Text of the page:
A few months ago I was attending a workshop for pastors and was really intrigued by the stories being shared by the pastor who was leading. He was a church planter whose plant has become a megachurch. Like so many pastors I know who have grown a church plant in the 10s to several thousands, he had been sharing with us about a deep burn out and depression that he had been through. This is a recurring theme from pastors that I have had the privilege to learn from over the years, and I began to wonder if this is the result of a high and costly calling, or the result of church planters, like myself, who are so driven that we miss out on some important graces along the way. I asked the pastor if the mental, physical, familial, and spiritual prices that were commonly being experienced were the cost it takes to plant a ‘successful’ church, and he answered me honestly. He said, “That’s a good question, and I have no idea.” Continue reading
A few weeks ago, a close friend of mine was treating me to a pork chop lunch at Perry’s. If you haven’t tried it, you must. It’s delicious and quite affordable. This guy is also a pastor and one of my closest friends. In many ways, he and I are alike, but we are also very different in other ways. These differences make us stronger, and we complement each other well.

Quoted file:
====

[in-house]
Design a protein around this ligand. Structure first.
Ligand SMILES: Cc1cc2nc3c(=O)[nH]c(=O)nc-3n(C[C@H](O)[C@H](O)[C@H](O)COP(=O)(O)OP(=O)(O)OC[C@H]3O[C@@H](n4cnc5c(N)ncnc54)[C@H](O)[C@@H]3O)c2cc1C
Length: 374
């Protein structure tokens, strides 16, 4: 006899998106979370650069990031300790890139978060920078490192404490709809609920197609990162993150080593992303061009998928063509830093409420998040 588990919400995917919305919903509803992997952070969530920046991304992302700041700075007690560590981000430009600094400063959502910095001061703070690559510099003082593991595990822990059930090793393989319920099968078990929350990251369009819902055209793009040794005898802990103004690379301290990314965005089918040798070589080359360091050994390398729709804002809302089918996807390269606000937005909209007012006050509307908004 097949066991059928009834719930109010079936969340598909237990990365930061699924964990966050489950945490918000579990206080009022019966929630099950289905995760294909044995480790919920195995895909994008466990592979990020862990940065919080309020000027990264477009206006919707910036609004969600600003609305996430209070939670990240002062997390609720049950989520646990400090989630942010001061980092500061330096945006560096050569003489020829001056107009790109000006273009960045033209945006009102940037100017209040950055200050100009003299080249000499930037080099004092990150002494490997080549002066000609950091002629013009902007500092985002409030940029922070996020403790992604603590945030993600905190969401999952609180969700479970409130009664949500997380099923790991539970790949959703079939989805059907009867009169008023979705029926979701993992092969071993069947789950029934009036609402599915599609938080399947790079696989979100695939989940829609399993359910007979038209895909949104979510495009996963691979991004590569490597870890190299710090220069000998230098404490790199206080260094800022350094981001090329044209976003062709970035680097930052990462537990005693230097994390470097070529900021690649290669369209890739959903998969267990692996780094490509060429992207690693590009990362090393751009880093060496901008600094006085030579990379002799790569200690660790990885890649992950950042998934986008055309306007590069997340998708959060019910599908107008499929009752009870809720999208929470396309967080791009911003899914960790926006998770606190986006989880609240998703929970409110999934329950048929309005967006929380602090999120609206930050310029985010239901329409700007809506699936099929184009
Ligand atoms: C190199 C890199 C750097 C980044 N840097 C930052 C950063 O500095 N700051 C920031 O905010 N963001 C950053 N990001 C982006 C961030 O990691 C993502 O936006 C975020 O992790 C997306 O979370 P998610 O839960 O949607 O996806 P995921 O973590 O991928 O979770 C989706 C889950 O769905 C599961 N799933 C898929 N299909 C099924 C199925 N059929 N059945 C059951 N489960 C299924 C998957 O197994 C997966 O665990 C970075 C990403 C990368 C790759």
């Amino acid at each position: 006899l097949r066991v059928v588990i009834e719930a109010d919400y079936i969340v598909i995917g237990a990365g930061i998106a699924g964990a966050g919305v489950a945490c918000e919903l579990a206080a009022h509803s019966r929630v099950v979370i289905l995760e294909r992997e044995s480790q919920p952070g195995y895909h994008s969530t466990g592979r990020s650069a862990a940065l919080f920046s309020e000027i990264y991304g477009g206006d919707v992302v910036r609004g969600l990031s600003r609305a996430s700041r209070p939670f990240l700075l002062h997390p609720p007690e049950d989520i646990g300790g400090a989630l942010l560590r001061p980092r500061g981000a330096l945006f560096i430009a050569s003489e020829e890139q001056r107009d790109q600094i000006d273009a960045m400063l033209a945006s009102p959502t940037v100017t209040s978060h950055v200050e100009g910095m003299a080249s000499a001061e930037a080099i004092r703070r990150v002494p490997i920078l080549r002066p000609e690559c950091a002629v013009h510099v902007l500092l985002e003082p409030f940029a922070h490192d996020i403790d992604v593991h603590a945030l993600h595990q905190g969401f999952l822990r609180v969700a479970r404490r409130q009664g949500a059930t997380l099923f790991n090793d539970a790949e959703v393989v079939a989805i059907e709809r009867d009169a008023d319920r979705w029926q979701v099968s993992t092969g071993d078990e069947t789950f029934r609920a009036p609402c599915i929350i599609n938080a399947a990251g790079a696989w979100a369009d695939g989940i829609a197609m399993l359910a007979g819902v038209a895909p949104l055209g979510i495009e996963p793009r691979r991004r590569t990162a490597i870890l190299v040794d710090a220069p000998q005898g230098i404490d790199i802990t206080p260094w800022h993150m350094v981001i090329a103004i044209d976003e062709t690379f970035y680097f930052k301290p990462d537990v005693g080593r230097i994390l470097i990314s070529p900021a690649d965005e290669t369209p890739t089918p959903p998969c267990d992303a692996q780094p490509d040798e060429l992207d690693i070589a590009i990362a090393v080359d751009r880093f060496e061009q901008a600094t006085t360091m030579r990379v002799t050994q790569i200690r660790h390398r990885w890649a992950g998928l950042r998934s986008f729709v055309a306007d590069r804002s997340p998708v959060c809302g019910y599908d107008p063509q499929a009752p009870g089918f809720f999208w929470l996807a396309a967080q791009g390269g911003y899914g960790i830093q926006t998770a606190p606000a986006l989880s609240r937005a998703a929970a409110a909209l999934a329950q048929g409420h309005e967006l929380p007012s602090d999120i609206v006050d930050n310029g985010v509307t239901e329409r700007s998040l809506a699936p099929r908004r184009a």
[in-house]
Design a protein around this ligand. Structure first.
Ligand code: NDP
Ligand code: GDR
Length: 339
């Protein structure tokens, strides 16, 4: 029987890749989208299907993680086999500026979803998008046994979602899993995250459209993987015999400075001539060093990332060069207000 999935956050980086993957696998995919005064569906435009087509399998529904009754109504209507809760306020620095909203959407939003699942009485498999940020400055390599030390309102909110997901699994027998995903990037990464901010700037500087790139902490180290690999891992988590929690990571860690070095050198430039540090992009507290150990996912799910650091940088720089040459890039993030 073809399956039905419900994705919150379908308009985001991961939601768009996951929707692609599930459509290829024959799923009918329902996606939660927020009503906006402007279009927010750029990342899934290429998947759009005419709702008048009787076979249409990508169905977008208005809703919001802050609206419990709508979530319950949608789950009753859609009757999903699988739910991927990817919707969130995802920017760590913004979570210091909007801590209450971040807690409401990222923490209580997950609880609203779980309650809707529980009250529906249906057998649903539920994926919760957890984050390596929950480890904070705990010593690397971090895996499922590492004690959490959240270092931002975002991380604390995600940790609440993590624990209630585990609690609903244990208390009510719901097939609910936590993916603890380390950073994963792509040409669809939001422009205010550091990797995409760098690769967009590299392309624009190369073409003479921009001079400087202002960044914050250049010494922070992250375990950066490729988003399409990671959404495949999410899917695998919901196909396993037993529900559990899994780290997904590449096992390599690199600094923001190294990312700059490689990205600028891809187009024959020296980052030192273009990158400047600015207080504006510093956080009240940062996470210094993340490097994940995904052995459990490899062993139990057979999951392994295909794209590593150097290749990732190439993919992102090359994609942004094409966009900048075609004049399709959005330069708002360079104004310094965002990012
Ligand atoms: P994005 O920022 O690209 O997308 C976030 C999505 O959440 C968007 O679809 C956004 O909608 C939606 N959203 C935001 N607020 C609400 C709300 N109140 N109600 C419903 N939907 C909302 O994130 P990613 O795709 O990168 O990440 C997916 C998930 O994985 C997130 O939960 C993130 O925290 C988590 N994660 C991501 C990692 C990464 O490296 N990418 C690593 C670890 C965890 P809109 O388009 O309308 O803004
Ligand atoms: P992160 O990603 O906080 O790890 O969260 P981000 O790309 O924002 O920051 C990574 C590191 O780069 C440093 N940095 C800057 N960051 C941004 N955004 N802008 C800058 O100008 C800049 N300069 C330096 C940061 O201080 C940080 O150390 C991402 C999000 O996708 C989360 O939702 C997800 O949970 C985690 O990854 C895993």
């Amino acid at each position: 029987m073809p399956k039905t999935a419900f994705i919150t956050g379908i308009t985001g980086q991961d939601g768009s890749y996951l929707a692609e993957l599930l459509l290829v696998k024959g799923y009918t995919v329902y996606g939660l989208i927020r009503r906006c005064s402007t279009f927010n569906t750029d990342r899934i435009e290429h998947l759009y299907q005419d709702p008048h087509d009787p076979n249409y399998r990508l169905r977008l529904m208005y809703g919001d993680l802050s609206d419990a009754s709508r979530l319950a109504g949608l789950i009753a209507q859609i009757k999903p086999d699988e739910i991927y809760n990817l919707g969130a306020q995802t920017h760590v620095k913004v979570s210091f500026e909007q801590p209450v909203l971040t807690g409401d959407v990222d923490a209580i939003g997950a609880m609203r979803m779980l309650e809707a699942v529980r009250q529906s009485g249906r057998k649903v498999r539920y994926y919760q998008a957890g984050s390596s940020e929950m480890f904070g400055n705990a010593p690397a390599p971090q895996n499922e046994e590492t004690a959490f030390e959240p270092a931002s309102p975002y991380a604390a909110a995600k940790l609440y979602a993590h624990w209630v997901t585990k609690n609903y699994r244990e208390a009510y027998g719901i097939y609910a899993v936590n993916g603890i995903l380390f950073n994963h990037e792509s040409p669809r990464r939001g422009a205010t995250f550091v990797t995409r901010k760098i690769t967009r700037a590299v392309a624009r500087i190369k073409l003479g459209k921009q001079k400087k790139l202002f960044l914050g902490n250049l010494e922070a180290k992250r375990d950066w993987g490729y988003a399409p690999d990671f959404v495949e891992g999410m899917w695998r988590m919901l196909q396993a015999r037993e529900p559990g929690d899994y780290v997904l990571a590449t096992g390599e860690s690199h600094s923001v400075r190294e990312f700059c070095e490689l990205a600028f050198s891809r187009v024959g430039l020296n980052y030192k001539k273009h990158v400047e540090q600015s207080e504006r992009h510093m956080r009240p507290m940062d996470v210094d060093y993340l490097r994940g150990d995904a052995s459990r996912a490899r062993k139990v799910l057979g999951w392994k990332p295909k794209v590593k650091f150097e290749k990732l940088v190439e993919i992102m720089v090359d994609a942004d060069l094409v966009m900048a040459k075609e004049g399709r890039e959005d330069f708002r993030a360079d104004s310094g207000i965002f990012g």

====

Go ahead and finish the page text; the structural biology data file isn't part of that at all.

We got onto the subject of money as it pertains to family, ministry, and business (we both are both pastors, but also in businesses). He is always very honest with me, so while I was sharing with him that we don’t currently have much in the way of savings, he looked at me and said, “Maybe you’re being too generous with your time and your services?” At first I wanted to become defensive and call him a cheapskate, but he went on, “Whenever you discount prices or do things for free, you are saying ‘Yes’ to them, and ‘No’ to your family.” WHAM! That hit me in a way that I had never considered, and it made me sad. Continue reading
In my last post, The Idolatry of Vocational Ministry, I discussed the importance of a sober evaluation of one’s calling into vocational ministry. One of the guys from the church I pastor asked if I was going to write an encouragement to guys who are indeed called, but don’t currently have an opportunity to serve in full-time ministry. I must confess, I believe that my series on The Lost Art of Tentmaking would be encouraging, but I figured that since I’ve been blessed with several men at Christ Community Church who are called, but not yet able to serve full-time, I’d take the time to write an encouragement to the rest of you who are called, willing, and ready, but do not yet have a place to serve full-time. Continue reading